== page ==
Youth in region need critical thinking and unity for change

By Rasheed Khalid
May 20, 2024
Pakistan’s Special Representative for Afghanistan Asif Ali Khan Durrani. — X/TOLOnews/File

Islamabad: Pakistan’s Special Envoy for Afghanistan Asif Durrani has said that not arms but critical thinking, unity and passion for change can drive the youth of this region forward who need an inquisitive mind to question socio-economic injustices.


Mr Durrani was addressing a gathering of Afghan and Pakistani youth leaders hosted by Centre for Research and Security Studies (CRSS) here as part of Pak-Afghan Youth Peace Initiative – Building Bridges, Improving Perceptions. The Initiative is a track III diplomacy effort supported by the US State Department, Global UGRAD Pakistan and IREX.

The initiative aims at fostering goodwill and improve public perceptions between Pakistani and Afghan youth through dialogue, interactive workshops, community engagement and meetings with key stakeholders to discuss practical aspects of enhancing youth diplomacy and media interactions.

The envoy urged the youth from both sides to take an active role in regional development by focusing on their education, skills and personal growth as they are the future leaders of the countries. Regarding the socio-political situation in Afghanistan, he said that the pursuit of common interests in a fair socio-political environment is intrinsically linked to unity. By fostering solidarity, empathy and collaboration, Afghans, especially the youth, can create a more just, developed and equitable nation where everyone has the opportunity to thrive and contribute to the greater good.

The youth of Afghanistan has the opportunity to change Afghanistan’s decades-long label of “conflict zone” and take an active part in nation-building.

The participating Afghan youth voiced their concerns on the issues facing the education landscape in Afghanistan, particularly for females, the delays in visa issuance for Afghan students studying in Pakistan as well as the challenges faced by those who have to return to Afghanistan due to their illegal status or expiration of the visa.

Mehnaz Akbar Aziz, former MNA, also joined the discussion where she underscored the significant role youth dialogues play in fostering unity between Pakistan and Afghanistan and that engaging the youth from both nations is crucial for bridging diplomatic gaps and building mutual understanding. She highlighted opportunities for youth engagement, such as academic exchanges and collaborative projects, which can help bridge diplomatic gaps.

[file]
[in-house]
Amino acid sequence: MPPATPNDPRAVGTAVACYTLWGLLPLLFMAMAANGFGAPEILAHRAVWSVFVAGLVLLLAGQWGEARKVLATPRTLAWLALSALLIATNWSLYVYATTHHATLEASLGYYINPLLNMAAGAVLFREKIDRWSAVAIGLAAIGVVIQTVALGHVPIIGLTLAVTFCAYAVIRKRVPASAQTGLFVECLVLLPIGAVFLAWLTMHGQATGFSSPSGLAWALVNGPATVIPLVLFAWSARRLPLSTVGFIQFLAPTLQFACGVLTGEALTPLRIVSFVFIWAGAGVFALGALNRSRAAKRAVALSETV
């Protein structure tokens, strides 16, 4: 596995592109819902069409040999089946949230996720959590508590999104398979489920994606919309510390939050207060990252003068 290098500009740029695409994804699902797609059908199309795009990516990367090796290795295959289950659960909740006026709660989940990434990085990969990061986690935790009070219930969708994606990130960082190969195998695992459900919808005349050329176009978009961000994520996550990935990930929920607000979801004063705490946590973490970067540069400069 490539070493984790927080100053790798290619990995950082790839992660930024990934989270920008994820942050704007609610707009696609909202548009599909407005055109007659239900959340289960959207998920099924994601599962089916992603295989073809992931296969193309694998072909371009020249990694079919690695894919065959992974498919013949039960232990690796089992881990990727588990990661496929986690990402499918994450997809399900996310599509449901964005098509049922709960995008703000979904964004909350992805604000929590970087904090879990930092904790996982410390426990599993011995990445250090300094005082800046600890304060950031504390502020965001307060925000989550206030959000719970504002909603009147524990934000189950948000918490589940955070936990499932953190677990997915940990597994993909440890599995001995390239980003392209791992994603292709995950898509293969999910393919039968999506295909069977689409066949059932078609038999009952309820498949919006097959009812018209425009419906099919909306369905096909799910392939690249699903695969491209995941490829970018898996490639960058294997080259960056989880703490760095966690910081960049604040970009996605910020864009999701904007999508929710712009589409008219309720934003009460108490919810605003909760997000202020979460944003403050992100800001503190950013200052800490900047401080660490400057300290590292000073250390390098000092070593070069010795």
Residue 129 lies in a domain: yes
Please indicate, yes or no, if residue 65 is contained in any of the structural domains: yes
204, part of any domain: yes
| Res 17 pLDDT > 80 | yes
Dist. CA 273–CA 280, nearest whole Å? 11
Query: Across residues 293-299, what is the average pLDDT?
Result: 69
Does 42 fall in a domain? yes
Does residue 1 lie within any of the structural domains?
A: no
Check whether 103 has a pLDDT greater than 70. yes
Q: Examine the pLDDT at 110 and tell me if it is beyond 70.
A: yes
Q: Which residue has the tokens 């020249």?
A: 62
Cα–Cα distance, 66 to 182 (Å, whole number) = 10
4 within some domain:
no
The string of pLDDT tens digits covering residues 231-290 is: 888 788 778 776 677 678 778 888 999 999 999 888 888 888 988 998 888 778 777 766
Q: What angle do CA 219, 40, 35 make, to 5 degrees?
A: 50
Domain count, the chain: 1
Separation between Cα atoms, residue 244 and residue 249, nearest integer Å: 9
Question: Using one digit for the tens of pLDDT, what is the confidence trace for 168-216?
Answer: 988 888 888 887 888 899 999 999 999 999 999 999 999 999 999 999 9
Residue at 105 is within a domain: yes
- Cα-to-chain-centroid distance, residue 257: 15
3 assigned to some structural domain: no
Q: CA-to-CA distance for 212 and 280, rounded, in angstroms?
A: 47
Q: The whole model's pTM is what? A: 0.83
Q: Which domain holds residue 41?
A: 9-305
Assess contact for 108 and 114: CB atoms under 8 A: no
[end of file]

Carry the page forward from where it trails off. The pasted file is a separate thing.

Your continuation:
A vital point of her address was the importance of supporting women's education and their involvement in politics and law in both countries. She drew attention to the economic and psychosocial challenges faced by Afghan women as education remains banned for them in the country.

Ms Mehnaz lauded Pakistan's efforts in educating Afghan refugees and shared statistics, noting that currently, 1.4 million Afghan refugees reside in Pakistan, with 50,000 enrolled in primary education. She stressed the importance of continued support for Afghan refugee youth’s education in Pakistan and urged the international community to help Pakistan create a more enabling academic environment for them.

Imtiaz Gul, Executive Director, CRSS, noted that with the tons of information available in the offline and online space, youth have a huge onus to critically evaluate every bit of information they come across for its authenticity before disseminating it.

Elsa Imdad from CRSS concluded that Track III engagements and youth participation are only effective if the Track I stakeholders take ownership of such efforts and give agency to youth in the policymaking.

The forum concluded with policy recommendations aimed at fostering better relations, such as establishing educational corridors to empower women and ensuring their involvement in decision-making.

They also suggested forming youth committees to address common challenges and prioritised collaboration over discord in diplomatic efforts. Additionally, there was a call for increased youth engagement for peace and unity and for promoting political maturity among young leaders. Strengthening academic exchanges and addressing longstanding issues in trade and transit – which are one of the major issues causing bad blood and negative perceptions - were seen as crucial steps.